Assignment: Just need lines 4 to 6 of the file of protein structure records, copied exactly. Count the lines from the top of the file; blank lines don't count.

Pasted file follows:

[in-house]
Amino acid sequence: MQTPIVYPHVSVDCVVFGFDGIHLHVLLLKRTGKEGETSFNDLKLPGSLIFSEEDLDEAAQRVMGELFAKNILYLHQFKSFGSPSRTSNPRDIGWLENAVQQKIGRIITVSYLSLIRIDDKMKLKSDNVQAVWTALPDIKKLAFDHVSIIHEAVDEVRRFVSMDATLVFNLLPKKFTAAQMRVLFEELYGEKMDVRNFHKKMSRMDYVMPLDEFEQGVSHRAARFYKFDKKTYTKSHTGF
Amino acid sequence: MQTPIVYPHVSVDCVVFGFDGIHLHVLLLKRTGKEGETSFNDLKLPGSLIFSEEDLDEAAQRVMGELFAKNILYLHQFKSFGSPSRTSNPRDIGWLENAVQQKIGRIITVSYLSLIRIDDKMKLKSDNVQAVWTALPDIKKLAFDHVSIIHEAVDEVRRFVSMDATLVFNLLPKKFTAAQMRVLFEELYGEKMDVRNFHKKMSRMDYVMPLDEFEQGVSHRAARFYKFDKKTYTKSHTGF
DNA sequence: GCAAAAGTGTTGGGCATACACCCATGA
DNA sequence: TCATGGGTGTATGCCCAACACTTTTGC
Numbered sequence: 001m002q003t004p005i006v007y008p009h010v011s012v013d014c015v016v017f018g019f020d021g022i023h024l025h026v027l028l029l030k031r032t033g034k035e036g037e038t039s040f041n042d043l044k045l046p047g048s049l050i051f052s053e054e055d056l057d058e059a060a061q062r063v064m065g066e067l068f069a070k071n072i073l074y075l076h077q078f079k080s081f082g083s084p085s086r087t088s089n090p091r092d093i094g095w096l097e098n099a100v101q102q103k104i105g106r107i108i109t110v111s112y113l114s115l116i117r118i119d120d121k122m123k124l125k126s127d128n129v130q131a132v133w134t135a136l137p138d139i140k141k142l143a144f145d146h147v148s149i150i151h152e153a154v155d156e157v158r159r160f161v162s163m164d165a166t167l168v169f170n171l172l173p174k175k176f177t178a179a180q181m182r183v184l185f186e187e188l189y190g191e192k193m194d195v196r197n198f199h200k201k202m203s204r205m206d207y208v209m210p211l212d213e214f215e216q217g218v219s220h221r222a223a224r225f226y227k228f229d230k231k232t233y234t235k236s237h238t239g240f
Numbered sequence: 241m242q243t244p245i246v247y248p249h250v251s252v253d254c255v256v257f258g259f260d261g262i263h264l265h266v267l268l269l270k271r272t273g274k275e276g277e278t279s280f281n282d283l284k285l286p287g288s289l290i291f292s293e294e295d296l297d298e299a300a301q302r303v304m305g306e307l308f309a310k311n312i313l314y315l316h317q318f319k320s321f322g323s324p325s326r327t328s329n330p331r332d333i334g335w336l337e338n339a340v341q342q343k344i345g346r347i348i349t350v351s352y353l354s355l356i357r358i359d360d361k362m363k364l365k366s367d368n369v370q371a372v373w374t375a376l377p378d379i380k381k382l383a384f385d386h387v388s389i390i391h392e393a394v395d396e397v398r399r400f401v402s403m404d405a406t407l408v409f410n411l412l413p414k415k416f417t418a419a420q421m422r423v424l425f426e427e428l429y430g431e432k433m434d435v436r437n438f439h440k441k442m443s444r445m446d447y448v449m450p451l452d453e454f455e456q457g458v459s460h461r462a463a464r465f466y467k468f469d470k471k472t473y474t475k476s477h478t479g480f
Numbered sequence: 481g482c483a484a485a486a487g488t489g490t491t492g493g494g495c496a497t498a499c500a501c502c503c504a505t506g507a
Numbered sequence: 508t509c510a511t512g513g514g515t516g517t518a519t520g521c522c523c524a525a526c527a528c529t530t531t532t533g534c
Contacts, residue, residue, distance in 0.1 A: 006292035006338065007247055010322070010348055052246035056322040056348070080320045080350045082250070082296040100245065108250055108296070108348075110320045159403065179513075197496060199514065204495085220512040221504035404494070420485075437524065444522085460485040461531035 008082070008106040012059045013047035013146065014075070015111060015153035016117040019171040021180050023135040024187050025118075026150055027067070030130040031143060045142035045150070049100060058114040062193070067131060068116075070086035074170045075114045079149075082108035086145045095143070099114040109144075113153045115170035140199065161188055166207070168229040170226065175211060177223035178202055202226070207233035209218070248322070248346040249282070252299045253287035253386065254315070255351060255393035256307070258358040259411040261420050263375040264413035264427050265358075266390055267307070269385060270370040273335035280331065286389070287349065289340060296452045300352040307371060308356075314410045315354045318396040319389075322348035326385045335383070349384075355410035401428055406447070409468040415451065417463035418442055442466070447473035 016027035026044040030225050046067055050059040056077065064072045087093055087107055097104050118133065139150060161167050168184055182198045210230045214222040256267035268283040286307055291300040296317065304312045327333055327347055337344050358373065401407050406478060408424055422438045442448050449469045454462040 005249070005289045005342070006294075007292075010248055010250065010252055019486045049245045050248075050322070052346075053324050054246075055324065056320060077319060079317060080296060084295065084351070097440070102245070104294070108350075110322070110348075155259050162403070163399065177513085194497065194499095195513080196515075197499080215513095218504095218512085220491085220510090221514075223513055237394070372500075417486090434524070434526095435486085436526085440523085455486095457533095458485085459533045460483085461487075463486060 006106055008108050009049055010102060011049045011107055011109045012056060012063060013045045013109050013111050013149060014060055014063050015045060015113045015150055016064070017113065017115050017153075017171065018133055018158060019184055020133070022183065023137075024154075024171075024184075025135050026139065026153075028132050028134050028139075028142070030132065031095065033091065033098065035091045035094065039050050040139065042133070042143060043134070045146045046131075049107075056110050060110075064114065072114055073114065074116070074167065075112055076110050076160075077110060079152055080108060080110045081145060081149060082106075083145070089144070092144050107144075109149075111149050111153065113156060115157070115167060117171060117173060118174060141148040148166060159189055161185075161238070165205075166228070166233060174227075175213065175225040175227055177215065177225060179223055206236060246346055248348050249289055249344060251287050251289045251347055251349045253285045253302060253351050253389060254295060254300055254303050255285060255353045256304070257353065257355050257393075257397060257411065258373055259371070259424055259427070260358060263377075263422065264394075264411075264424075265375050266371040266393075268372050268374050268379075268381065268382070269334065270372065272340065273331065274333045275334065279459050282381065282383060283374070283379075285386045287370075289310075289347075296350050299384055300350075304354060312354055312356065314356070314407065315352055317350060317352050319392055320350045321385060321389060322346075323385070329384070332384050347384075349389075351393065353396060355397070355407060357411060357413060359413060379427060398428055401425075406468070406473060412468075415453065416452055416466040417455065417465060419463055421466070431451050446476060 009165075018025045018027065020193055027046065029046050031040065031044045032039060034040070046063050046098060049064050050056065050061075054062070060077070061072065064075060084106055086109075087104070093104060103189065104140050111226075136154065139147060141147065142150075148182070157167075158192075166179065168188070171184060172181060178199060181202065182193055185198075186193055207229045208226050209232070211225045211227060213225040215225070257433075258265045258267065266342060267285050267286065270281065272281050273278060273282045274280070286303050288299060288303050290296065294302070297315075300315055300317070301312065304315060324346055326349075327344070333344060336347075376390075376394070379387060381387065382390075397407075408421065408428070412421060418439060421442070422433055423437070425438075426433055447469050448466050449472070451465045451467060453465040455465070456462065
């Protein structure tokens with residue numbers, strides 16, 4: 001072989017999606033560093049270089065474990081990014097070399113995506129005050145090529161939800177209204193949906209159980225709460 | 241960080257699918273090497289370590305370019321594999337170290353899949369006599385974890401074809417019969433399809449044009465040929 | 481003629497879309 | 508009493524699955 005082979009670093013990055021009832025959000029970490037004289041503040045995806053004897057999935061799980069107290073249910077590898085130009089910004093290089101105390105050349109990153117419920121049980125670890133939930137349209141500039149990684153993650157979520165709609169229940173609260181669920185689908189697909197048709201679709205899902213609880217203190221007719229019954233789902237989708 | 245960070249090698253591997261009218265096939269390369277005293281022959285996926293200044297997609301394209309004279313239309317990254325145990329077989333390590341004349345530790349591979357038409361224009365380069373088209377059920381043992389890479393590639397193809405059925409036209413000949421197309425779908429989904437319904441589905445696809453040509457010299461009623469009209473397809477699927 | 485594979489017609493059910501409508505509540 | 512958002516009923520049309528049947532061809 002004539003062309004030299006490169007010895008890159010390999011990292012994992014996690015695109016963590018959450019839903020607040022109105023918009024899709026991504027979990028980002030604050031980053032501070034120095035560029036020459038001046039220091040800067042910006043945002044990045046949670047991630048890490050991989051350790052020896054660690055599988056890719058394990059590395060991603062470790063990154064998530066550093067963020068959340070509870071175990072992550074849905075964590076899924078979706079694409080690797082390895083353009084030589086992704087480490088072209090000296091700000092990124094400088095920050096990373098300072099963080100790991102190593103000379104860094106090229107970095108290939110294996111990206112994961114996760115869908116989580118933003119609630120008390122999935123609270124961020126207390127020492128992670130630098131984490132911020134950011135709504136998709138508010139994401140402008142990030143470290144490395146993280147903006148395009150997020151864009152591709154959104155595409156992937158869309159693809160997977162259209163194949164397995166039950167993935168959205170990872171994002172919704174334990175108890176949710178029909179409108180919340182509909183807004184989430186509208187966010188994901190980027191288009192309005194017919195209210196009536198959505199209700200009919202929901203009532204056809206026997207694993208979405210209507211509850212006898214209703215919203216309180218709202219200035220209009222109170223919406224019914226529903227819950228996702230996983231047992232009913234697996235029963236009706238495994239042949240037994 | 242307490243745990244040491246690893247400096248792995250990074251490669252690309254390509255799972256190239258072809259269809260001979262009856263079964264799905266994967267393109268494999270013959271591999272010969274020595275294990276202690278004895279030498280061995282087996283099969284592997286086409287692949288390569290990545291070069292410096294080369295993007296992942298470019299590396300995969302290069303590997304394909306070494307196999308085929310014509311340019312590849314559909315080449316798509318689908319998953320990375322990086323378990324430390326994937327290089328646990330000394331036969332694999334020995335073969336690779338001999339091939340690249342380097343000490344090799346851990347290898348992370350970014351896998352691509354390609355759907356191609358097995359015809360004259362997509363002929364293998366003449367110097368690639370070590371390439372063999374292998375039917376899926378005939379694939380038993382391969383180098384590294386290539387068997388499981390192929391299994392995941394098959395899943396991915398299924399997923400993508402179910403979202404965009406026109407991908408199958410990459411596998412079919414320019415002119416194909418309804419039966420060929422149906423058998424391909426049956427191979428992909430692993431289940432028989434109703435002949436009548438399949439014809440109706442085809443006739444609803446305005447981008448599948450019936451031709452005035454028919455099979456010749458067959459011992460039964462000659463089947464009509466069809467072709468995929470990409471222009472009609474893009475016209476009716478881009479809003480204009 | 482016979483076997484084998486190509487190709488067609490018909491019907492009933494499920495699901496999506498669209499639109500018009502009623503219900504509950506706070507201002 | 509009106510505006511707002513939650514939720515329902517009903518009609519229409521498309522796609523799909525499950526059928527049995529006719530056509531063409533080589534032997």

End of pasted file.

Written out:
DNA sequence: GCAAAAGTGTTGGGCATACACCCATGA
DNA sequence: TCATGGGTGTATGCCCAACACTTTTGC
Numbered sequence: 001m002q003t004p005i006v007y008p009h010v011s012v013d014c015v016v017f018g019f020d021g022i023h024l025h026v027l028l029l030k031r032t033g034k035e036g037e038t039s040f041n042d043l044k045l046p047g048s049l050i051f052s053e054e055d056l057d058e059a060a061q062r063v064m065g066e067l068f069a070k071n072i073l074y075l076h077q078f079k080s081f082g083s084p085s086r087t088s089n090p091r092d093i094g095w096l097e098n099a100v101q102q103k104i105g106r107i108i109t110v111s112y113l114s115l116i117r118i119d120d121k122m123k124l125k126s127d128n129v130q131a132v133w134t135a136l137p138d139i140k141k142l143a144f145d146h147v148s149i150i151h152e153a154v155d156e157v158r159r160f161v162s163m164d165a166t167l168v169f170n171l172l173p174k175k176f177t178a179a180q181m182r183v184l185f186e187e188l189y190g191e192k193m194d195v196r197n198f199h200k201k202m203s204r205m206d207y208v209m210p211l212d213e214f215e216q217g218v219s220h221r222a223a224r225f226y227k228f229d230k231k232t233y234t235k236s237h238t239g240f